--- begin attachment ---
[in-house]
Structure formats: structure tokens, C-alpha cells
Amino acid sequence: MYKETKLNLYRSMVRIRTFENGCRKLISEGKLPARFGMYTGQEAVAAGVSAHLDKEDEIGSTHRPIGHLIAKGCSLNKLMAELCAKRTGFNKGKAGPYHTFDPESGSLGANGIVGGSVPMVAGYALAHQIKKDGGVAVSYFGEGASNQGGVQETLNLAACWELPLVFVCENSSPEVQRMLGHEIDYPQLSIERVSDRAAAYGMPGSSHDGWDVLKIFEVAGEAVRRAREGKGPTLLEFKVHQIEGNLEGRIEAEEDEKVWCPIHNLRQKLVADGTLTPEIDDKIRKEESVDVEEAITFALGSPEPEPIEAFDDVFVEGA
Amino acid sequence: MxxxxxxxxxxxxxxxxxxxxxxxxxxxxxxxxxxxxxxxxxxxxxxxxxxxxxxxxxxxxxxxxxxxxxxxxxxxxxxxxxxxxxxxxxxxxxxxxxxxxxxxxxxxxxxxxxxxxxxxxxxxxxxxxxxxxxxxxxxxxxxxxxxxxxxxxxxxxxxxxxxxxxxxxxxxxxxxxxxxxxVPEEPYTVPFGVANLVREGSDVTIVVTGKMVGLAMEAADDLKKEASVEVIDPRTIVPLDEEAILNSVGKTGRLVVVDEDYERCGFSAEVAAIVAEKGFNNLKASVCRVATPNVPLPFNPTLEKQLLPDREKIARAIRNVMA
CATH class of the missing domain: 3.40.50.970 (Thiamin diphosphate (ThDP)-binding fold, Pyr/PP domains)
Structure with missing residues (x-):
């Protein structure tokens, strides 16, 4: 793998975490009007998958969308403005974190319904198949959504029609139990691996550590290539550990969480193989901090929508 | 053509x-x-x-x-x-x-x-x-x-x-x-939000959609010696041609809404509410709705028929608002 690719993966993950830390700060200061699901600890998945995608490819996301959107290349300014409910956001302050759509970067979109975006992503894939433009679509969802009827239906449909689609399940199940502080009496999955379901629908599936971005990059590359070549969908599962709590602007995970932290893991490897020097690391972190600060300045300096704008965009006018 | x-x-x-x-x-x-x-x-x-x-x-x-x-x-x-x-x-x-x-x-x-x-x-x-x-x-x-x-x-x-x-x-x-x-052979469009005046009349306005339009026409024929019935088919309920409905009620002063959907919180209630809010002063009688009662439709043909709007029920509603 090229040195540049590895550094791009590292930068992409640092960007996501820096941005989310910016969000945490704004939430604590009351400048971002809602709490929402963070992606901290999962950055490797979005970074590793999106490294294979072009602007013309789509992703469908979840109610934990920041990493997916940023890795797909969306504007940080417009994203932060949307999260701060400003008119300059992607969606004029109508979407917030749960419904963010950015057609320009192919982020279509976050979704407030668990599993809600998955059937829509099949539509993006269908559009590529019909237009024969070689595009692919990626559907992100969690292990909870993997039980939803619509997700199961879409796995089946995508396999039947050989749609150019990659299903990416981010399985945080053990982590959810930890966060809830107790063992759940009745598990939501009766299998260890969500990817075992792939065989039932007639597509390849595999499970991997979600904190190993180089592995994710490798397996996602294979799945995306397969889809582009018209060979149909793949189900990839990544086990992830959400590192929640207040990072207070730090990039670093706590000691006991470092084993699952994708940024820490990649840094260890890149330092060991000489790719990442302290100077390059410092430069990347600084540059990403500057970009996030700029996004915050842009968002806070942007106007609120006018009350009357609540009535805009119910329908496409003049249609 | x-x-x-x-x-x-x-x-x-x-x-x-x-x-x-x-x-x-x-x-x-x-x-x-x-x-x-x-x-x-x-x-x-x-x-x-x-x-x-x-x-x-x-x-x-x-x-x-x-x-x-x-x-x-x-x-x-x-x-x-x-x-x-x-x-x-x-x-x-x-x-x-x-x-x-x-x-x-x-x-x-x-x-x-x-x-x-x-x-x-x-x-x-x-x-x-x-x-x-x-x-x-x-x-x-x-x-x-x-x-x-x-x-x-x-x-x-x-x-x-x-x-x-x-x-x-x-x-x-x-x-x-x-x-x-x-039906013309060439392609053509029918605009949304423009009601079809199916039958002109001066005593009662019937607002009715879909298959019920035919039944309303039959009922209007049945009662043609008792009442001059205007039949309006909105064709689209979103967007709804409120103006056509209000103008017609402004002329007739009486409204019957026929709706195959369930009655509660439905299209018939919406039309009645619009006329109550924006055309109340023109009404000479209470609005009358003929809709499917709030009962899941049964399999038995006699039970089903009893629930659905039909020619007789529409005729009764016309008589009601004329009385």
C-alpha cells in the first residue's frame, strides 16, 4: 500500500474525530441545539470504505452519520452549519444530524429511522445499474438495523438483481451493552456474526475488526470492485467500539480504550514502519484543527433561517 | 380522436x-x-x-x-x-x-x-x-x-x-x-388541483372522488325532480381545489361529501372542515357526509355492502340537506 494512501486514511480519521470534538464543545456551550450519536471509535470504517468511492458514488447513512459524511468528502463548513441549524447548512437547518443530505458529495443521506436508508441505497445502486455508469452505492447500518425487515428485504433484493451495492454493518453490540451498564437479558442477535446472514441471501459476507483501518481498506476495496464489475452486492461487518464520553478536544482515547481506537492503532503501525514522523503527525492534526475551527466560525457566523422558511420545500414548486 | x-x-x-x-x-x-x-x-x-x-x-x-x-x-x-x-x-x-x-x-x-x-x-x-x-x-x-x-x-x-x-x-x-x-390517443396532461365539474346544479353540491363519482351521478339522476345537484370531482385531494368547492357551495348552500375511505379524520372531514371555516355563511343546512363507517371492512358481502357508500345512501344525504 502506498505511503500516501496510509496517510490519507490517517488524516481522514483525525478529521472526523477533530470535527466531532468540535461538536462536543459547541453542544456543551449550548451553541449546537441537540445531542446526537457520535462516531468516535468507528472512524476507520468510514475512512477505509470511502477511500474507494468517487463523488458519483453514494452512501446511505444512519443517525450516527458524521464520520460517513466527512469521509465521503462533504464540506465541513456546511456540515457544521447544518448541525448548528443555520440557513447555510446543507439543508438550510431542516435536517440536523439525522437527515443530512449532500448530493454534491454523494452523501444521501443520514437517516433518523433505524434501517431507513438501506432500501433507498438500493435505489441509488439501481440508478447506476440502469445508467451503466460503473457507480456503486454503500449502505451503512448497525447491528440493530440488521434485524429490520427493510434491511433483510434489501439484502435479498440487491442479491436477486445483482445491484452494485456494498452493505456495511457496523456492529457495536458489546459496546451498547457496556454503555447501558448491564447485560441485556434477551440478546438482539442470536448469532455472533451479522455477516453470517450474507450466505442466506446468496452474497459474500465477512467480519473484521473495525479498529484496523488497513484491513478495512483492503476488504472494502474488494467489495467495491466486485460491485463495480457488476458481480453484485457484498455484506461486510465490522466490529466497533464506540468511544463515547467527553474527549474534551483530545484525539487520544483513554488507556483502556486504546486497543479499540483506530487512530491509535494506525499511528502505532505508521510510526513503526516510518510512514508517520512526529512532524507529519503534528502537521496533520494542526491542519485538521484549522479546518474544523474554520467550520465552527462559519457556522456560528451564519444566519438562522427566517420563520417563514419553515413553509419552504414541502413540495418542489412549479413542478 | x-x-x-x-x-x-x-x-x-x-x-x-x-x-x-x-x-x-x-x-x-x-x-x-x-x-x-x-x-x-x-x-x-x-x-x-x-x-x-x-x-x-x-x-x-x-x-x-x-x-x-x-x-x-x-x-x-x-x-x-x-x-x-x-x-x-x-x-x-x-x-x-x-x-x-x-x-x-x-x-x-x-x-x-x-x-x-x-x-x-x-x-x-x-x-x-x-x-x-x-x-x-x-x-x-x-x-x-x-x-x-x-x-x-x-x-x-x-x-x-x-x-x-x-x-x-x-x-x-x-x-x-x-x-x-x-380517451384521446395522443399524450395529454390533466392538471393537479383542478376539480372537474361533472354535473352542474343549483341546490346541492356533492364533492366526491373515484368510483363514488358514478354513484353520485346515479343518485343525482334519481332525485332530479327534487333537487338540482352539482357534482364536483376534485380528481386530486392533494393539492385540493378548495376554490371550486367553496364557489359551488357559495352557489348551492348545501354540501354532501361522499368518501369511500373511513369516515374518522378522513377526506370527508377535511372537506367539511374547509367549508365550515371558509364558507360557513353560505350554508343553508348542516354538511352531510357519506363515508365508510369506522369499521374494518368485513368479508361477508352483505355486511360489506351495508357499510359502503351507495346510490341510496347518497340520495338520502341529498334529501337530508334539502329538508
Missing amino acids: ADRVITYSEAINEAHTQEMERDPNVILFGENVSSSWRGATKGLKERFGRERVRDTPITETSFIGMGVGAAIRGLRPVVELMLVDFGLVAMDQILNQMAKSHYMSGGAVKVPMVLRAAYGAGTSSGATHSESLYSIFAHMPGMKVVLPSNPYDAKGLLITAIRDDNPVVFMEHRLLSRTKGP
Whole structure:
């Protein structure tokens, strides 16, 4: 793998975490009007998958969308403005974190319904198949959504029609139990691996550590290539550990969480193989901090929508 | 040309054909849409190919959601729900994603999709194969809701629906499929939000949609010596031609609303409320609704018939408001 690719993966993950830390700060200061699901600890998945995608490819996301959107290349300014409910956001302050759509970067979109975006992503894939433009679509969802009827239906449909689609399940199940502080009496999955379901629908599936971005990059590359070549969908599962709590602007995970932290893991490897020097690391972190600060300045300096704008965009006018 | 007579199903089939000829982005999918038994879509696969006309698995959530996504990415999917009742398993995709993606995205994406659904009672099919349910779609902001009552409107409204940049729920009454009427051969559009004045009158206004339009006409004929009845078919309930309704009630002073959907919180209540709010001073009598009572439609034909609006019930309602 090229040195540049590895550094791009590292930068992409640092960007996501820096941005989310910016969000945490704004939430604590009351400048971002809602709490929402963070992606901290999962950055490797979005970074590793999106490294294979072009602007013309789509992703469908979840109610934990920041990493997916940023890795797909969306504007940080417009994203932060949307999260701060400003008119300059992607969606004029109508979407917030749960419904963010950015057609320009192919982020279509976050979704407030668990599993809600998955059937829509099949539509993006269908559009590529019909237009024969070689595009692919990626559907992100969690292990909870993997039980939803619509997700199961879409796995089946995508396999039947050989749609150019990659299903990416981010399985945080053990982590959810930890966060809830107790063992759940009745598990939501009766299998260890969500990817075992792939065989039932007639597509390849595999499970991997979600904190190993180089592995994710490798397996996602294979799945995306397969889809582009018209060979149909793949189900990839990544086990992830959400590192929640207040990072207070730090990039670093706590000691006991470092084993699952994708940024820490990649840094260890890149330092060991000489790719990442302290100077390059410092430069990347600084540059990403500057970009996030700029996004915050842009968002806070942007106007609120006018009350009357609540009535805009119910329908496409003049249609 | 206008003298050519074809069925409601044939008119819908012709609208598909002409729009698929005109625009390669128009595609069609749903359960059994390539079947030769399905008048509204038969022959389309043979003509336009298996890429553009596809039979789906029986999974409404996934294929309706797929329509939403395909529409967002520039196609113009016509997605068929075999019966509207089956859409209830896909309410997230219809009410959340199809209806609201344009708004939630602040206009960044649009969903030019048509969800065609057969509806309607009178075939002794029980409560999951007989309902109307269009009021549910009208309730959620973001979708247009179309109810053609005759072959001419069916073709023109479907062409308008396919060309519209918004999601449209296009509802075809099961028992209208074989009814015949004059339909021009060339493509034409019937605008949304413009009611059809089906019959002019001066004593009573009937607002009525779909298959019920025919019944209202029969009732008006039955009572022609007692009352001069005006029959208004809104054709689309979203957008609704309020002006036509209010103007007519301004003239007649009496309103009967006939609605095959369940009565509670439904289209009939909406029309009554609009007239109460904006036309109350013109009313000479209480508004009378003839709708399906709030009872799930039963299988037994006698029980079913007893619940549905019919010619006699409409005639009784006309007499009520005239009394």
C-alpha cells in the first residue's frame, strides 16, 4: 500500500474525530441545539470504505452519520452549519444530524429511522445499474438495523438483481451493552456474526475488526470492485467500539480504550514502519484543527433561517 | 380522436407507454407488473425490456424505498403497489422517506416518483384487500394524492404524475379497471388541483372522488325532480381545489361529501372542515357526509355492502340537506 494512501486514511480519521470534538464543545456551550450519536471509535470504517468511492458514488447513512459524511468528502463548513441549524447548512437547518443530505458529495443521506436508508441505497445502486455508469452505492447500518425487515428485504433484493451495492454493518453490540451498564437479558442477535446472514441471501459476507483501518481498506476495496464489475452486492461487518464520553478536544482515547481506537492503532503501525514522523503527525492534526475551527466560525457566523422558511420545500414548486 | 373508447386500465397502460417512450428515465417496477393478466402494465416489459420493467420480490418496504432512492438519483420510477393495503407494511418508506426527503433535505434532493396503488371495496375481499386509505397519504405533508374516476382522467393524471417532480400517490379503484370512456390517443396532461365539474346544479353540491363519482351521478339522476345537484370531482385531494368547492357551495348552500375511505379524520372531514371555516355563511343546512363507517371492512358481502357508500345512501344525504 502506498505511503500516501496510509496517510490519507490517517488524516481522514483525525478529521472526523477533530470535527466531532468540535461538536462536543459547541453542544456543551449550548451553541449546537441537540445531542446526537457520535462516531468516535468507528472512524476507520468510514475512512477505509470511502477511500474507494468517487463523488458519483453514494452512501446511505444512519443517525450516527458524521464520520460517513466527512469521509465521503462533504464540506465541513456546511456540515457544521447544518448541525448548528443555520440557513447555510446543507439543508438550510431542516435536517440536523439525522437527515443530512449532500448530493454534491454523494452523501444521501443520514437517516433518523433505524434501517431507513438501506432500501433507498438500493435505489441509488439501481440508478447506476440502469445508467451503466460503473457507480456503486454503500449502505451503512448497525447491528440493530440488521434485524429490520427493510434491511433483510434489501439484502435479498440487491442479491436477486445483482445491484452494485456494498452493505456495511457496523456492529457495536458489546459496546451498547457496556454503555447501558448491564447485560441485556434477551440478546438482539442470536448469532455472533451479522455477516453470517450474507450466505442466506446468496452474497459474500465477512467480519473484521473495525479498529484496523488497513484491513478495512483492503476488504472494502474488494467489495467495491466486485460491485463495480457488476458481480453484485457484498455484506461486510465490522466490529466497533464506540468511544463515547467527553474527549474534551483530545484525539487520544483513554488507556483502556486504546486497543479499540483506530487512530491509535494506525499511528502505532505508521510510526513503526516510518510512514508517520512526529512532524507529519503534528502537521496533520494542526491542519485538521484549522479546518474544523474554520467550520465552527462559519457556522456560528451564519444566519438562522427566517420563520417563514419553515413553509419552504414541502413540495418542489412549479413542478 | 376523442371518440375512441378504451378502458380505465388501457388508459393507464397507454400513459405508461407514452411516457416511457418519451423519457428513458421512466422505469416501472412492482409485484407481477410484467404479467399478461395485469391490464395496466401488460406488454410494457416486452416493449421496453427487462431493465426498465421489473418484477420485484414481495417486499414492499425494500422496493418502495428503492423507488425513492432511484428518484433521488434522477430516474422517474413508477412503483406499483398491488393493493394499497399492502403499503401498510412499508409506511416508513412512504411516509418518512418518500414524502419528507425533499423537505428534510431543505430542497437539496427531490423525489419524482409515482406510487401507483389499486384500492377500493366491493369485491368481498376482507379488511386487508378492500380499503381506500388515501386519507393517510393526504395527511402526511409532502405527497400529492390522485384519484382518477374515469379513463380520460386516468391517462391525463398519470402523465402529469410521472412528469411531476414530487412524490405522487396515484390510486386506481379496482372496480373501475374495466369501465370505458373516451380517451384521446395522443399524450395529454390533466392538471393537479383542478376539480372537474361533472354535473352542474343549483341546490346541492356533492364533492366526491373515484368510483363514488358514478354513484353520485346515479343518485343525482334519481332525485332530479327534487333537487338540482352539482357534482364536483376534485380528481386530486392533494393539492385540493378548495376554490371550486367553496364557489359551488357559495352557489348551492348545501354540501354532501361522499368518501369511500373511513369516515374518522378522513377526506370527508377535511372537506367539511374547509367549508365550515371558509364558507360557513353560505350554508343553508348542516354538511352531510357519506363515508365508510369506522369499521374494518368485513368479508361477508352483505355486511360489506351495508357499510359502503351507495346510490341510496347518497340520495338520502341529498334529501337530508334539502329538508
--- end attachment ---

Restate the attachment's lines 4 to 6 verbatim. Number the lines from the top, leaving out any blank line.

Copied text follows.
Amino acid sequence: MxxxxxxxxxxxxxxxxxxxxxxxxxxxxxxxxxxxxxxxxxxxxxxxxxxxxxxxxxxxxxxxxxxxxxxxxxxxxxxxxxxxxxxxxxxxxxxxxxxxxxxxxxxxxxxxxxxxxxxxxxxxxxxxxxxxxxxxxxxxxxxxxxxxxxxxxxxxxxxxxxxxxxxxxxxxxxxxxxxxxxVPEEPYTVPFGVANLVREGSDVTIVVTGKMVGLAMEAADDLKKEASVEVIDPRTIVPLDEEAILNSVGKTGRLVVVDEDYERCGFSAEVAAIVAEKGFNNLKASVCRVATPNVPLPFNPTLEKQLLPDREKIARAIRNVMA
CATH class of the missing domain: 3.40.50.970 (Thiamin diphosphate (ThDP)-binding fold, Pyr/PP domains)
Structure with missing residues (x-):